A new algorithm for more secure cryptographic exchanges
© Inria / Photo Kaksonen
Last December in Seoul the article "Counting points on genus 2 curves with real multiplication" by Pierrick Gaudry (LORIA/Caramel project-team), David Kohel (Institut de Mathématiques de Luminy) and Benjamin Smith (Grace team, formerly Tanc) won (jointly) the prize for best article at AsiaCrypt 2011, one of the three most important international conferences on cryptology.
"Counting points on genus 2 curves with real multiplication" demonstrates a real step forward in the field of cryptography. The need to encipher information to transmit it securely is increasingly felt in the digital world, to establish secure communications, to prove identities on line or even to sign digital documents. To do this, the most common method used is a public-key cryptosystem, which is the opposite of a private-key system where the two parties who wish to exchange information must also exchange their private keys. In the case of public-key systems, each instance, for example each digital signature, is based on one example of a very difficult mathematical problem and the system's security depends entirely on the difficulty involved in solving it. To ensure the difficulty of these problems "point counting" algorithms are used to verify the security of the future cryptosystem.
The state of the art in public-key cryptography was based, until now, on problems with elliptical curves. Google, for example, uses them for its secure web pages. Recently, researchers have focused on genus 2 curves as an improved version and a successor to elliptical curves. Yet while genus 2 curves have wonderful theoretical properties, there was a significant obstacle preventing their practical use: in many cases (particularly the case of the prime field) their point counting algorithms are simply far too slow. By way of comparison, it is possible to count the number of points on an elliptical curve in just a few seconds. Up until now the same calculation with a genus 2 curve required several hours, which made them impossible to use as well as to experiment with.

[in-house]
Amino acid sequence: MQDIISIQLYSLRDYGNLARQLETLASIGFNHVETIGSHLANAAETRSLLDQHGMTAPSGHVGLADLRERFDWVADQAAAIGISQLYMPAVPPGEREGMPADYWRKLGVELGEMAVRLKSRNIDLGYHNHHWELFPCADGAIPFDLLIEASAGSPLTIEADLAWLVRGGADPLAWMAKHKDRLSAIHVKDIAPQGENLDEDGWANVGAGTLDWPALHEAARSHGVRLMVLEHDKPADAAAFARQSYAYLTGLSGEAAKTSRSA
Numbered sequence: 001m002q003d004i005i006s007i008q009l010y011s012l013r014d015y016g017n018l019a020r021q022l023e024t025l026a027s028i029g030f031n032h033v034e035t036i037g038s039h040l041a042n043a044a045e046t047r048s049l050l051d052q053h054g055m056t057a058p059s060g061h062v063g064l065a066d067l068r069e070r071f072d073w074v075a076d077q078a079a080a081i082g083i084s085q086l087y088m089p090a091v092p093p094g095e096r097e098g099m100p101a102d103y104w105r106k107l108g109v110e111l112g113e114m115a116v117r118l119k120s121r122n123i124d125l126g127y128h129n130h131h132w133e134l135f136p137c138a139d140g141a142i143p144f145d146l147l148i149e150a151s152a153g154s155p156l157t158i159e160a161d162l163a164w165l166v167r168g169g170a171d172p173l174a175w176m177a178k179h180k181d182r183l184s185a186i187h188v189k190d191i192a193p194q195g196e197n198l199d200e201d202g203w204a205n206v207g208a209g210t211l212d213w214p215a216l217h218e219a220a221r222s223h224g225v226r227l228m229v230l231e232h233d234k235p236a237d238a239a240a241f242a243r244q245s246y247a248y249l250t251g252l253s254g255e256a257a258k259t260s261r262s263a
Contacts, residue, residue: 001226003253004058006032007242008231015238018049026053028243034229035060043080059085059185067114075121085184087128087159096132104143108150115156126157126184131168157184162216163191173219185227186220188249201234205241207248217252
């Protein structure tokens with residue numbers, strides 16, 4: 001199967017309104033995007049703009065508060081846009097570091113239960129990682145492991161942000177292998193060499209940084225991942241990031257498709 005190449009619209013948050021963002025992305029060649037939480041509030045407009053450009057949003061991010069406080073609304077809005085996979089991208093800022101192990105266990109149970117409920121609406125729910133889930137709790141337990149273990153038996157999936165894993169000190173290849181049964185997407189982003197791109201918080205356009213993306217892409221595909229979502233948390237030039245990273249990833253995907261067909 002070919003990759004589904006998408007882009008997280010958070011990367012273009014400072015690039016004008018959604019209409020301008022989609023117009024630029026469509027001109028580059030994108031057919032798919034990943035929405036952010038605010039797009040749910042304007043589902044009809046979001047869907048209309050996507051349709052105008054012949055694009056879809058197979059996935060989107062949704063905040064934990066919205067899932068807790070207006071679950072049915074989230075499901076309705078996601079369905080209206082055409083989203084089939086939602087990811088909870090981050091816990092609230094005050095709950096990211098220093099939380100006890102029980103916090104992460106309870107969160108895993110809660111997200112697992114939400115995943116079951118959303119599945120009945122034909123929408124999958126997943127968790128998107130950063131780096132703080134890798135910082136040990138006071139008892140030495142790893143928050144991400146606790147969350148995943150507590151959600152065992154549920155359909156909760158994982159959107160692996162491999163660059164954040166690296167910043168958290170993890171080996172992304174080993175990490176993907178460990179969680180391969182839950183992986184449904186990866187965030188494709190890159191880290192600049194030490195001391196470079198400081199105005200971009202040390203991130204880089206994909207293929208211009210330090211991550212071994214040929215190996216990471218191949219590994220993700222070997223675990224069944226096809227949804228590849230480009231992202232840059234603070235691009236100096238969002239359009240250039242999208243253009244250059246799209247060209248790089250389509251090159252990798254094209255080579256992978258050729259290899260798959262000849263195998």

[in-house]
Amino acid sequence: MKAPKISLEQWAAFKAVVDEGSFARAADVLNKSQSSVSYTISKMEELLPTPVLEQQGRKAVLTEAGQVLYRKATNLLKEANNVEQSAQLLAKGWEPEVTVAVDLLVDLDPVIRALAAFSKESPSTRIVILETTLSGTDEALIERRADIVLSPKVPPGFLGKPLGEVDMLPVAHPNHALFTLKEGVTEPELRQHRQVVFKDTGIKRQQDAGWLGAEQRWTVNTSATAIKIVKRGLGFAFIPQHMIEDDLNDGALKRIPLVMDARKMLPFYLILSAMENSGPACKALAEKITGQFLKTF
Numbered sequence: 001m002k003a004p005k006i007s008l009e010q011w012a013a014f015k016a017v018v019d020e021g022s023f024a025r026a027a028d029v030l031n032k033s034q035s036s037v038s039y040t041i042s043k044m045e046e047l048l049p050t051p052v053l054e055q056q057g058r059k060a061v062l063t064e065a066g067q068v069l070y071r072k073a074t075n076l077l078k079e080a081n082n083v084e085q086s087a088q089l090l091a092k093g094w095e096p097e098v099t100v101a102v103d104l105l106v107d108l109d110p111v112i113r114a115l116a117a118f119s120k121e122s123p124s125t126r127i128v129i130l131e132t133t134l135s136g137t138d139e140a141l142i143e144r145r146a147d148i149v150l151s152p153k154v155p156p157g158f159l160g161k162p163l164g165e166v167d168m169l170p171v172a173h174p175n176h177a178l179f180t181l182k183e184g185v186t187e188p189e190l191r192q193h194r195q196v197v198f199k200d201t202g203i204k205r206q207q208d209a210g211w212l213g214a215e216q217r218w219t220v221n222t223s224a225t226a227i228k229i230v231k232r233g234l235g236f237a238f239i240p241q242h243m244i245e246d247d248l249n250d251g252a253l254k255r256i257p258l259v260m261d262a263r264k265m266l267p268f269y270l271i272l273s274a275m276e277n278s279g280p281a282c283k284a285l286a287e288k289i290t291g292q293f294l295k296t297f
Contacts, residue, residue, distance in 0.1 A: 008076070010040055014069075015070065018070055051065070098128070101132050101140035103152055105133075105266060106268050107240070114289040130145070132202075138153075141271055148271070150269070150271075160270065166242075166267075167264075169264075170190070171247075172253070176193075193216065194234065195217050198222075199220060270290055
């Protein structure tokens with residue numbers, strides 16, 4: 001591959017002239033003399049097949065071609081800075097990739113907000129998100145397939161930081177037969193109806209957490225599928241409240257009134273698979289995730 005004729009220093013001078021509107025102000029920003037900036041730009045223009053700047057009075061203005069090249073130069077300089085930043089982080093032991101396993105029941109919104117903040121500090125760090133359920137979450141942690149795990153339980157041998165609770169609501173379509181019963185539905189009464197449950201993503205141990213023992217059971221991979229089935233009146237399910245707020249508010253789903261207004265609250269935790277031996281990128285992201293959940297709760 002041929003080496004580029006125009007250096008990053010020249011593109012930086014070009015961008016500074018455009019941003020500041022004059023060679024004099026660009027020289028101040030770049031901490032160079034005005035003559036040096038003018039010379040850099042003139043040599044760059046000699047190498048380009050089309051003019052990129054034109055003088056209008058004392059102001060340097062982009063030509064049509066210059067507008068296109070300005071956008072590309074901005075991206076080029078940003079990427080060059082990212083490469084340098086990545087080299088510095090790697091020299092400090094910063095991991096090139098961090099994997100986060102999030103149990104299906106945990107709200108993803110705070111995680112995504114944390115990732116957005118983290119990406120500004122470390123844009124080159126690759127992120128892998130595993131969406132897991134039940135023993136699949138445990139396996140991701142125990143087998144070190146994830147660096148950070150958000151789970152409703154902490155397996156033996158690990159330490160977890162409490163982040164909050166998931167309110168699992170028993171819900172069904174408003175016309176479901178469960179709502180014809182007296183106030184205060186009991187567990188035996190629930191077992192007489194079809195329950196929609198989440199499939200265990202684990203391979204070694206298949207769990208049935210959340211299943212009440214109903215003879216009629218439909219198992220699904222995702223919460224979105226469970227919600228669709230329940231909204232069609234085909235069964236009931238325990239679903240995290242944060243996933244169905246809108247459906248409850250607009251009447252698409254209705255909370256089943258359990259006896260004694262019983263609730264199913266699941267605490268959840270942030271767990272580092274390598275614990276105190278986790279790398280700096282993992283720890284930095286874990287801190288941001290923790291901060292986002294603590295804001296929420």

In this paper, the researchers presented a new algorithm for a practical class of genus 2 curves that represents a radical improvement in point counting performance. Indeed, the new algorithm works so well that it shattered the world record in counting points on genus 2 curves (in the case of the prime field). Thanks to this innovation in computing security, it is now easier to construct appropriate genus 2 curves for modern cryptosystems.